Press Item ● Foreign Affairs
For Immediate Release: 
October 9, 2003
Contact Info: 
David Espo

Associated Press

A House committee handed a victory to President Bush on Thursday by approving nearly $87 billion for Iraq and Afghanistan and fending off lawmakers who wanted Iraq to eventually repay some of the aid.

The Republican-led House Appropriations Committee approved the legislation by 47-14, paving the way to likely approval by the full House next Wednesday or Thursday. All 14 "no" votes were from Democrats, but 15 Democratic members voted for the measure.

The Senate plans votes next week on its own, similar package.

A week of White House lobbying paid off as Republican advocates of using loans rather than grants ended up not even forcing votes on their proposals because of certain defeat.

In recent days, many committee members heard personal pitches from Secretary of State Colin Powell, national security adviser Condoleezza Rice and Bush himself that loans would slow the rebirth of Iraq's economy and sow suspicion that the United States wanted to control the country's oil.

"He was passionate yesterday," Rep. Zach Wamp, R-Tennessee, a loan proponent, said of his session with Bush. "My God, if his eyes had been lasers, mine would have been burned out."

The bill has about $65.3 billion for U.S. military expenses in Iraq, Afghanistan and elsewhere, and $21.6 billion to rebuild those two nations and aid other countries including Liberia. Most of the money from both categories is for Iraq.

Though the House measure largely mirrors the proposal Bush sent Congress last month, lawmakers gave it their own imprint.

They approved an amendment by Rep. Frank Wolf, R-Virginia, to require more detailed reporting on how the money will be spent. Also adopted was an amendment by Rep. Steny Hoyer, D-Maryland, requiring the administration to show Congress details of no-bid contracts before they are awarded.

By voice vote, members included a provision by committee Chairman Bill Young, R-Florida, that in effect prohibits Rice from administering the funds. The presidential adviser did not need Senate confirmation for her job, and lawmakers said they want the money controlled by an official they could compel to testify to Congress, such as Defense Secretary Donald Rumsfeld.

"This is about accountability," Young said after the meeting.

In its other chief departure from Bush's proposal, the bill provides $18.6 billion to rebuild Iraq, nearly $1.7 billion less than the president wanted. Erased were administration proposals to purchase $50,000 garbage trucks, equip traffic police and create ZIP codes for that country.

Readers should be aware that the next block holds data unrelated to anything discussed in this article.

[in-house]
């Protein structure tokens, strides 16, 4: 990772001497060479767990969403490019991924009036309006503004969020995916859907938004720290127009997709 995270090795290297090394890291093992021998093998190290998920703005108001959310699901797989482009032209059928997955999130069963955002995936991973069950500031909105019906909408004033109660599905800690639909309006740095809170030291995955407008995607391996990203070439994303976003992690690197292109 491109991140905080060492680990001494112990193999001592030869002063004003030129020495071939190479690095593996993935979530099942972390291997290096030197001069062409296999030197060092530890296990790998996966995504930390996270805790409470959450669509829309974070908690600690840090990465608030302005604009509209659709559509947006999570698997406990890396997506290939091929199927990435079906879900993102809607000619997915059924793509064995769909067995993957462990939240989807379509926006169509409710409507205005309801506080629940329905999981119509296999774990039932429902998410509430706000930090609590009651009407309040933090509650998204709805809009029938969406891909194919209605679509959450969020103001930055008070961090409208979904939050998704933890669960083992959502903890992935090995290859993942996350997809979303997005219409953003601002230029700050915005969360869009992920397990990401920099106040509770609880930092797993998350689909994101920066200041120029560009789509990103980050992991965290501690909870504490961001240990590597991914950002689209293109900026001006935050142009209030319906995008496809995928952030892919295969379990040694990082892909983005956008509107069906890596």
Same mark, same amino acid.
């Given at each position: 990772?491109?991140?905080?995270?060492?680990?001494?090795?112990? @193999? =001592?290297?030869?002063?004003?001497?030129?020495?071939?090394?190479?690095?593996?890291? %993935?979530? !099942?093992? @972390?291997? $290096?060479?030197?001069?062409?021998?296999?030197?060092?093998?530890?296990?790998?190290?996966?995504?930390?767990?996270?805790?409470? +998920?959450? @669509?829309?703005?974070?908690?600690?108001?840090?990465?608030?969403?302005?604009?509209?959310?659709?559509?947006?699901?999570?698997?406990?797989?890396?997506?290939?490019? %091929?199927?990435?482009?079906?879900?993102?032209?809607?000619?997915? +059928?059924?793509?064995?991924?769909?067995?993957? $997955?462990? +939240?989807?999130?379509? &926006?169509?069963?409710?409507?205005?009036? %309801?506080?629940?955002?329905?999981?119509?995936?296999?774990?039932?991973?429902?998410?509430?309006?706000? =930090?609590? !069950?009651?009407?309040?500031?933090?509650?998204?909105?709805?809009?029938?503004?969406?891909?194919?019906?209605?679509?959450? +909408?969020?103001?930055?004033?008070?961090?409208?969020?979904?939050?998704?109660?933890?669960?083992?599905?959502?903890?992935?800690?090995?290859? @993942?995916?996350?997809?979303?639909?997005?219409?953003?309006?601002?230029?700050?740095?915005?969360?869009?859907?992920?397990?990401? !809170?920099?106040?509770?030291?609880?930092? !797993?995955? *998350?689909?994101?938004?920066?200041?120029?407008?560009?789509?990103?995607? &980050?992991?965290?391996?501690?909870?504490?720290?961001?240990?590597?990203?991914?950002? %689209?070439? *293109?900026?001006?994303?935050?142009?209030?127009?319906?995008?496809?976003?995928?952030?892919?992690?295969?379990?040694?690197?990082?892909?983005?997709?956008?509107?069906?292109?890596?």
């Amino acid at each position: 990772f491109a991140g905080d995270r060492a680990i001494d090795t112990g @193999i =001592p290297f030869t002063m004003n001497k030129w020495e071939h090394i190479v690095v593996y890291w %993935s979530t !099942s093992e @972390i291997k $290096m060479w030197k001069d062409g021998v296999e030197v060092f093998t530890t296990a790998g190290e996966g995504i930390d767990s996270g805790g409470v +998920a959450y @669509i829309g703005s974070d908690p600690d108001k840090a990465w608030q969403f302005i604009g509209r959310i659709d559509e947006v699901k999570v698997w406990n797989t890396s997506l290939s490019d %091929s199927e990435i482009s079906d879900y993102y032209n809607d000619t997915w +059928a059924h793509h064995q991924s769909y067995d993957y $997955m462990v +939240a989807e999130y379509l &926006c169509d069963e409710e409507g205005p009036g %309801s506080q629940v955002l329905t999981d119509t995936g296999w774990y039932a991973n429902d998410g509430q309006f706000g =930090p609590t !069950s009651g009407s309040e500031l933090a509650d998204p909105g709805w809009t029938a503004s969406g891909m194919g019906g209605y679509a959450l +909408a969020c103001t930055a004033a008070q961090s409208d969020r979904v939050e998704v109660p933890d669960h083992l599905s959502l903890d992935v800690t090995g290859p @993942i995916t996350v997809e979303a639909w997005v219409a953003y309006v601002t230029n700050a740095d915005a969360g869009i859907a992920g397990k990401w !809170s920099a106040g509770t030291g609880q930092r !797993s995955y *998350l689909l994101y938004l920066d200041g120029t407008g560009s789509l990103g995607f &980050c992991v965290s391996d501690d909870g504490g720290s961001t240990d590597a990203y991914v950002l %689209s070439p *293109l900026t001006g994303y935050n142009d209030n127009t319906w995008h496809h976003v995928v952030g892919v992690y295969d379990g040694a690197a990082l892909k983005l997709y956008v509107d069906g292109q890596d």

It includes money for upgrading health clinics, restoring water supplies, encouraging private businesses, supporting women's rights and creating a modern banking system.

"Let's help Iraqis reconstruct Iraq and protect our troops," said Rep. Jerry Lewis, R-California.

The split among Democrats underscored uncertainty within the party over the legislation.

Some say the wisest course is to support robust reconstruction efforts as the best way to extricate U.S. troops. But others have focused on the spending package as a proxy for challenging Bush's overall policy in Iraq.

"We have been led into a pre-emptive war that has left us isolated from our allies ... and holding the bag financially, militarily and politically for the reconstruction of Iraq," said Rep. David Obey of Wisconsin, the panel's top Democrat.

Obey was among those who voted against the measure, saying, "I don't have enough answers to have confidence that the policy behind this package is the correct one."

Lawmakers also voted:

• To add more than $100 million for work at military facilities in Virginia, Maryland and elsewhere that they said were damaged by last month's Hurricane Isabel.

• To reject an amendment by Obey that would have shifted $4.6 billion from Iraqi reconstruction to the Pentagon, transformed some spending into loans, and paid for the entire $87 billion by canceling tax cuts for the richest 1 percent of Americans.

Congressional GOP leaders hope to have a final version of the bill on Bush's desk by the time potential donor nations hold a conference in Madrid, Spain, on October 23 and 24.